Friday, June 10, 2011

Another Conversation

This time I would like to connect you to a conversation. Steve Sailer had two posts related to his review of Francis Fukuyama's new The Origins of Political Order, plus comment on the research on poverty and "depletable willpower" in an article at The New Republic. (Bird Dog at Maggie's linked to that earlier this week as well.) These posts included links to two fascinating sites I was previously unfamiliar with - hbd chick and Steve Hsu's Information Processing blog.

From sailer's original:
Unfortunately, Fukuyama never gets around to wrestling with the obvious question that has been central to the study of ethnic nepotism since Hamilton made explicit the genetic basis of tribal altruism in a 1975 paper: Who, exactly, are your kin? Where do your relatives end? The answer is: It depends. You grapple with this same question in your daily life, where the answers turn out to depend upon circumstance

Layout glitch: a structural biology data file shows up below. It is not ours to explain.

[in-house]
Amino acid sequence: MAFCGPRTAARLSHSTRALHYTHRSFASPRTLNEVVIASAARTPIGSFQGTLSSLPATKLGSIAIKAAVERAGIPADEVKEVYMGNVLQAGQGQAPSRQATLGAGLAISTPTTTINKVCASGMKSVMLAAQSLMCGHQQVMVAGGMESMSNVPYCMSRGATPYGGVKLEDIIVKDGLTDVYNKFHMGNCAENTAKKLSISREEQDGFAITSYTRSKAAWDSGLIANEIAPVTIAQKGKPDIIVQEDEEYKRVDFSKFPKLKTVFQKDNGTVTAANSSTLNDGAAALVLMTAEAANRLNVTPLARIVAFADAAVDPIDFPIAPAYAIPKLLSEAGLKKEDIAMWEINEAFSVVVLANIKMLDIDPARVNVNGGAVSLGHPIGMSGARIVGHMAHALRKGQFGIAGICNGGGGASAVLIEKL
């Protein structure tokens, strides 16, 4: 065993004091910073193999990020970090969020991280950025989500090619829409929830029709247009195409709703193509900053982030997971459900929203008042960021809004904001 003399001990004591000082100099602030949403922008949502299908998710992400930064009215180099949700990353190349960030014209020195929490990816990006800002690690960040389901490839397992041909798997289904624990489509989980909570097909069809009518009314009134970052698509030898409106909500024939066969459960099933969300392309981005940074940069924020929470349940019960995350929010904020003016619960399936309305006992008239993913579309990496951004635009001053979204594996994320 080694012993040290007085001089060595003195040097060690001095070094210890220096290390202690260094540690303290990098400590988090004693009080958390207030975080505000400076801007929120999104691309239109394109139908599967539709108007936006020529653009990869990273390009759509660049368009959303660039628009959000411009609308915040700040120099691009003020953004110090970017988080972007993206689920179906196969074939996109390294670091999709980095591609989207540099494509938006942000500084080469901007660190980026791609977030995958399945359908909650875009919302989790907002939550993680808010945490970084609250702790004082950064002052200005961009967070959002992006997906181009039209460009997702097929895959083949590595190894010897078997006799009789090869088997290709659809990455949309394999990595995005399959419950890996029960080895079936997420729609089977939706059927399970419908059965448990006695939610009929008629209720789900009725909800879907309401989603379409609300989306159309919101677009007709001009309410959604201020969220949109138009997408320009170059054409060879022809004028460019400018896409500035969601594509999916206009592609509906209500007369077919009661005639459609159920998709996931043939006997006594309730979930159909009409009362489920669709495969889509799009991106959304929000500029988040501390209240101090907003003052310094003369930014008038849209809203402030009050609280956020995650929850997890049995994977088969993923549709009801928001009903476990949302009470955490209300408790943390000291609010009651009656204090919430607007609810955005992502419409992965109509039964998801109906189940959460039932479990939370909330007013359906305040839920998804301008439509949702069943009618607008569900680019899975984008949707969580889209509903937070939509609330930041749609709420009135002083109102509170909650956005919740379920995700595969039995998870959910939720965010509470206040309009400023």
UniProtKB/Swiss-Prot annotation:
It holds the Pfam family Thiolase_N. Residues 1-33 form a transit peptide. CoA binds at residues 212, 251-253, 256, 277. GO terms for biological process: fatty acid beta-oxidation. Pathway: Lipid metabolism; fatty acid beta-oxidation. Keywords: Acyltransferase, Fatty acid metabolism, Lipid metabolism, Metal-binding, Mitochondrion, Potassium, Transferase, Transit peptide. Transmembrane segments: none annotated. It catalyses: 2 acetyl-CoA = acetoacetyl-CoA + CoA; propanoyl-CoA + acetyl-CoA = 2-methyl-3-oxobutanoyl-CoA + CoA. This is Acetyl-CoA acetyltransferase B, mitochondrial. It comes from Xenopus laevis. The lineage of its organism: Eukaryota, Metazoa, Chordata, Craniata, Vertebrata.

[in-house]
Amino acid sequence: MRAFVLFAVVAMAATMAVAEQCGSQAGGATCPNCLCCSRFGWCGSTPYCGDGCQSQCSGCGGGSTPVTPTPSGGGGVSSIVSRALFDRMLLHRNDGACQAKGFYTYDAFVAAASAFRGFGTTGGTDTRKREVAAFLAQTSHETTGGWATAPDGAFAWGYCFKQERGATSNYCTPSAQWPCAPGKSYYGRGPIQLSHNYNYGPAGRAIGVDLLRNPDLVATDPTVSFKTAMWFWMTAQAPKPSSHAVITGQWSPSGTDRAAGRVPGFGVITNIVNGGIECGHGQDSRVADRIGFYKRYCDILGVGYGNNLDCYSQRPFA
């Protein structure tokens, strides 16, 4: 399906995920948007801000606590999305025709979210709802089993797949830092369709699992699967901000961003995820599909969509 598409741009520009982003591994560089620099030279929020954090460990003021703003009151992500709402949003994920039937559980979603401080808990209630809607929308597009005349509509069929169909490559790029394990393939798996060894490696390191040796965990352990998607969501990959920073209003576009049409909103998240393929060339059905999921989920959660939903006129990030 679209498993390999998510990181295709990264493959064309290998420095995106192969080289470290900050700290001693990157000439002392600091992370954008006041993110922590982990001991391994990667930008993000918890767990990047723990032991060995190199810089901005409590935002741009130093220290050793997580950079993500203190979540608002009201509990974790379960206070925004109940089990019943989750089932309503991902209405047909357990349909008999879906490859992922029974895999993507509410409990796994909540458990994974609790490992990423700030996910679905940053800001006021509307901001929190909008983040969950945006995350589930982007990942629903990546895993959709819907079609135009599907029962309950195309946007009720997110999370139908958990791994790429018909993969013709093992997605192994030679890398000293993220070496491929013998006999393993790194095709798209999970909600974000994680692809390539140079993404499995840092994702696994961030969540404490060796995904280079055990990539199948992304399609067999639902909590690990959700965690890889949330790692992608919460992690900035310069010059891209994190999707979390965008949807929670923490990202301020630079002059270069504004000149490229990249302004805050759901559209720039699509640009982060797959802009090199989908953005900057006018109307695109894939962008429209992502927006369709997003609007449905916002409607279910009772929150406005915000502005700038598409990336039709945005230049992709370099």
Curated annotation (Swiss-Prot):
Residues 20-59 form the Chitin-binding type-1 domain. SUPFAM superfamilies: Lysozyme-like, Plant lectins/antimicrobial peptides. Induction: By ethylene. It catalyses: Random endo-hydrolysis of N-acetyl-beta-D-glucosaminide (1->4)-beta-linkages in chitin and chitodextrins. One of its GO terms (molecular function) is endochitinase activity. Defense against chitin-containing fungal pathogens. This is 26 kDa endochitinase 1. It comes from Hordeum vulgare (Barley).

hbd chick suggests that the forbidding of cousin marriage by the Roman Catholic church, centuries ago, contributed mightily to the greater cooperation among peoples and the expanded boundaries of what people considered "their tribe." This led to ultimately to ideas of nationhood founded on something other than relatively local blood ties. She references this a lot on her site, but perhaps it is best to start here, on the disappearance of European tribes.

Browsing her site, she also links to people kicking Steven Jay Gould, and discusses the weaknesses of moral arguments about what is "fair" in who lives on what land. My kind of blogger. And Sailer is also kicking Gould for the same reason this week, as is anthropologist John Hawks, who I have linked to before.

Hsu's site speaks to intelligence testing, racial differences - with an
emphasis on asian vs white - wealth distribution, the personality needed
for startups
and the crossover dribble in basketball, Yeah, I'm in the right
territory with this guy, too.

And a really good site leads you pretty quickly to excellent commenters, to other sites, asf. I'll be browsing these for awhile,


Texan99 said...

Great links, thanks.

Sam L. said...

How come the clans of Scotland held on?